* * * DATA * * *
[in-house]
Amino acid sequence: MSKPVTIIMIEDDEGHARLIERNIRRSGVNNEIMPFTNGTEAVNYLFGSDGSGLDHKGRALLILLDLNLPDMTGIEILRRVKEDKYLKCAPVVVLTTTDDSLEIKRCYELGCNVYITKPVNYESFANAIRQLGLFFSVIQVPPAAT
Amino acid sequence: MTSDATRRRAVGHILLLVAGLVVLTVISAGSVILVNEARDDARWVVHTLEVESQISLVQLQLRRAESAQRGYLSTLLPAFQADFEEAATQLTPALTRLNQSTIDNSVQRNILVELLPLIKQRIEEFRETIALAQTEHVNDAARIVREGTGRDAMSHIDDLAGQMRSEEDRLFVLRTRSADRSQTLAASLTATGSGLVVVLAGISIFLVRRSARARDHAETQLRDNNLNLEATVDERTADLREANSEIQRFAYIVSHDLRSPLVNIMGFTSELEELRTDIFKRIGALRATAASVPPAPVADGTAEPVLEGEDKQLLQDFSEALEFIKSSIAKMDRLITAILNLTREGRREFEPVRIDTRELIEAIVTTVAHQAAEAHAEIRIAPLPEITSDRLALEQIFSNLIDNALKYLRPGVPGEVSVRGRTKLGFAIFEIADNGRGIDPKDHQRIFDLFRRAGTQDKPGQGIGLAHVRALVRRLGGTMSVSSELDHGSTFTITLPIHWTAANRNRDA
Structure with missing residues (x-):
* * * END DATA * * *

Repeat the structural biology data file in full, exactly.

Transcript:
[in-house]
Amino acid sequence: MSKPVTIIMIEDDEGHARLIERNIRRSGVNNEIMPFTNGTEAVNYLFGSDGSGLDHKGRALLILLDLNLPDMTGIEILRRVKEDKYLKCAPVVVLTTTDDSLEIKRCYELGCNVYITKPVNYESFANAIRQLGLFFSVIQVPPAAT
Amino acid sequence: MTSDATRRRAVGHILLLVAGLVVLTVISAGSVILVNEARDDARWVVHTLEVESQISLVQLQLRRAESAQRGYLSTLLPAFQADFEEAATQLTPALTRLNQSTIDNSVQRNILVELLPLIKQRIEEFRETIALAQTEHVNDAARIVREGTGRDAMSHIDDLAGQMRSEEDRLFVLRTRSADRSQTLAASLTATGSGLVVVLAGISIFLVRRSARARDHAETQLRDNNLNLEATVDERTADLREANSEIQRFAYIVSHDLRSPLVNIMGFTSELEELRTDIFKRIGALRATAASVPPAPVADGTAEPVLEGEDKQLLQDFSEALEFIKSSIAKMDRLITAILNLTREGRREFEPVRIDTRELIEAIVTTVAHQAAEAHAEIRIAPLPEITSDRLALEQIFSNLIDNALKYLRPGVPGEVSVRGRTKLGFAIFEIADNGRGIDPKDHQRIFDLFRRAGTQDKPGQGIGLAHVRALVRRLGGTMSVSSELDHGSTFTITLPIHWTAANRNRDA
Structure with missing residues (x-):